A desire to better understand how people think led Gordon Unzen ’21 to major in psychology. He added philosophy after taking social and political philosophy, and then justice studies when he realized it complemented the other two fields and gained him access “to the world of law” through classwork and internships.
So, a triple major and an interest in law. And he still has another semester to go, leading one to wonder what else he might try to achieve.
“I took an online intro to philosophy class in high school that I really enjoyed, and my mom has a doctorate in counseling psychology, which introduced me to psychology early on in life,” Unzen says. “My plan has always been to apply to law school after I complete my undergraduate degree, so I had a lot of flexibility with choosing majors.”
His goal for as long as he can remember has been to practice criminal law, but he has developed an interest in civil rights and constitutional law. He now views practicing law as the beginning of his career. He has already been accepted at the UNH Franklin Pierce School of Law and New England Law.
“Our country requires a lot of institutional change to address the racism, sexism, classism and ableism that America is founded on and perpetuates systemically,” Unzen says. “I hope to spend my career, in whatever form it takes, advocating for that change.”
The recipient of a Summer Undergraduate Research Fellowship (SURF), the New Hampshire resident’s research was titled “The Impacts of Artificial Intelligence and Big Data for Criminal Law.” He wanted to gain understanding of the artificial intelligence (AI) field.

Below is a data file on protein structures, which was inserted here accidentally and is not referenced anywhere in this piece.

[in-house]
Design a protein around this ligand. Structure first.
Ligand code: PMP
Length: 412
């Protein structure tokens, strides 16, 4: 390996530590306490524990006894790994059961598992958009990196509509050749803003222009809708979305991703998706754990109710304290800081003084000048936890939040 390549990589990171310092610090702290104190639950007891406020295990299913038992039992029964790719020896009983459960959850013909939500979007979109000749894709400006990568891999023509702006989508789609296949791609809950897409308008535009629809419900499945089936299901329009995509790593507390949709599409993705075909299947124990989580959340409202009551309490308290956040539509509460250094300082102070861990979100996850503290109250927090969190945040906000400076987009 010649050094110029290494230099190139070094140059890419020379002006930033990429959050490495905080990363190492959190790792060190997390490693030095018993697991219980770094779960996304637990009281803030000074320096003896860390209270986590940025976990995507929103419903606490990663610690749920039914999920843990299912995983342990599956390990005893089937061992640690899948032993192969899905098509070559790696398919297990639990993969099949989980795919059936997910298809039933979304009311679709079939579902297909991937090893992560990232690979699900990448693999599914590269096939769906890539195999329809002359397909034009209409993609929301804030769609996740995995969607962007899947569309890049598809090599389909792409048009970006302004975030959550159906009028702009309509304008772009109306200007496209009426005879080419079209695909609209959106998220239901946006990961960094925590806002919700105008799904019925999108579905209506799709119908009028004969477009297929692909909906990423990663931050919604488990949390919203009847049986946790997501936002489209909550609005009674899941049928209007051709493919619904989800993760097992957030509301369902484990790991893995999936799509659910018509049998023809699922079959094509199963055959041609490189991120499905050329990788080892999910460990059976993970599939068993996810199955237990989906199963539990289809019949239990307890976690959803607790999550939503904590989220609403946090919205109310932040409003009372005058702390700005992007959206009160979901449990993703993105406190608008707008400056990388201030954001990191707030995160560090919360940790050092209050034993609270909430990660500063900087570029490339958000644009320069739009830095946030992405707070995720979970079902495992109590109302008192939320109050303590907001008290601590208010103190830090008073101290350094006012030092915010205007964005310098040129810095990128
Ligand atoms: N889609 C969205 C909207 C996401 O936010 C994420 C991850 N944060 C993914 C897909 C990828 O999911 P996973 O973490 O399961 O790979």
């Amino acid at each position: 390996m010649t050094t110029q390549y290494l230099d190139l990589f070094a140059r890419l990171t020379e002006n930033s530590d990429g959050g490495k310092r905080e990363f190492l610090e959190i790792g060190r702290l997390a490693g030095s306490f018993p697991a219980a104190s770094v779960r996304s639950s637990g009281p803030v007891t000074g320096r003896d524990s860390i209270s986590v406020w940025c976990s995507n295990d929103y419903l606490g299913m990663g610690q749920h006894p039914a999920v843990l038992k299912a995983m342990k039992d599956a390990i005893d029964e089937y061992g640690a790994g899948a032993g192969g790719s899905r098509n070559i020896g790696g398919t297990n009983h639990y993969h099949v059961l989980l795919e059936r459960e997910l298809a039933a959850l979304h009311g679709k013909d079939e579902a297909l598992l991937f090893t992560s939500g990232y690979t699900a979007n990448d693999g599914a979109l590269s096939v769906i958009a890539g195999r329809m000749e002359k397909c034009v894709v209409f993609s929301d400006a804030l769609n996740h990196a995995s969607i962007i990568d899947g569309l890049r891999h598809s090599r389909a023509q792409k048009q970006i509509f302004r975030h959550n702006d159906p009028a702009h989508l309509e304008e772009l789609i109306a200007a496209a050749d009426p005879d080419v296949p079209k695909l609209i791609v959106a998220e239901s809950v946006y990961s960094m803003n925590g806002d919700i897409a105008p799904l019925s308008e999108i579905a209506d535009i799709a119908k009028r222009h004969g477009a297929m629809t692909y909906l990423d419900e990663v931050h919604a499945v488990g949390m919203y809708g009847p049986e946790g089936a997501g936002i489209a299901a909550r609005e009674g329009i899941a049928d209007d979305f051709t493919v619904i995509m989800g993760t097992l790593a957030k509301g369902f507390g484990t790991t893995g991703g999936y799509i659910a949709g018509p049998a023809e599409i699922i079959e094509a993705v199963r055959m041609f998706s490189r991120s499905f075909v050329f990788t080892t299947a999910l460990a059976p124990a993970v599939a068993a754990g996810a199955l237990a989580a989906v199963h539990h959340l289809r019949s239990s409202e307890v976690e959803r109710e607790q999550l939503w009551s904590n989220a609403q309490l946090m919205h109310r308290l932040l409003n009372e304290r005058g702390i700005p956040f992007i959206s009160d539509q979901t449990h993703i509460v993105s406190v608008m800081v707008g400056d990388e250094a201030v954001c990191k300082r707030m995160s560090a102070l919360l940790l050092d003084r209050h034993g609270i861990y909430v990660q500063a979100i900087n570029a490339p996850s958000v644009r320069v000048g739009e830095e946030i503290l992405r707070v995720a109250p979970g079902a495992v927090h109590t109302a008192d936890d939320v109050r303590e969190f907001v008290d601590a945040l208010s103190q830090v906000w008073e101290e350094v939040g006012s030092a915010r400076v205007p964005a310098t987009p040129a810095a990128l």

"Our country requires a lot of institutional change...I hope to spend my career, in whatever form it takes, advocating for that change.”
“I wanted to analyze the theories of justice and punishment, to outline the ways that AI is currently and will impact criminal law and to understand the impacts of AI on the broader realm of governance,” Unzen says.
The result was a 140-page reflection on such areas as the philosophy of justice and punishment, the history and future of artificial intelligence, the applications of algorithms in the criminal justice system, AI punishment and futurism and AI governance with respect to liberal democracy.
“I learned how AI is already being used to change criminal justice from increased and more efficient surveillance to the faulty predictions of future criminals and recidivism rates,” he says. “For instance, regarding surveillance and crime identification, algorithms have been developed to identify faces, license plates and crime hotspots.
“The future of criminal justice will be greatly influenced by technology, specifically artificial intelligence,” Unzen adds. “Rather than using technology to speed up the procedures of a bad criminal justice system, we must look to implementations that improve our ability to detect violent and white collar crimes, to interact with and build up communities and to make decisions where human cognitive biases may otherwise interfere with the judicial process.”
Unzen has been working as a research assistant with professor Ellen Cohn and her graduate students in the legal socialization laboratory since his sophomore year. Using data from the New Hampshire Youth Survey study, he conducted research on bullying behavior. He is now involved with an independent project predicting prosocial and antisocial COVID pandemic behaviors. He is also working on an honors thesis in psychology using party affiliation and political ideology to predict attitudes towards justice.
Unzen is a co-organizer of the Socratic Society and co-president of Psi Chi, the student organization for the National Psychology Honors Society. He also is associated with the UNH Young Social Democrats and is a resident assistant in Gibbs Hall.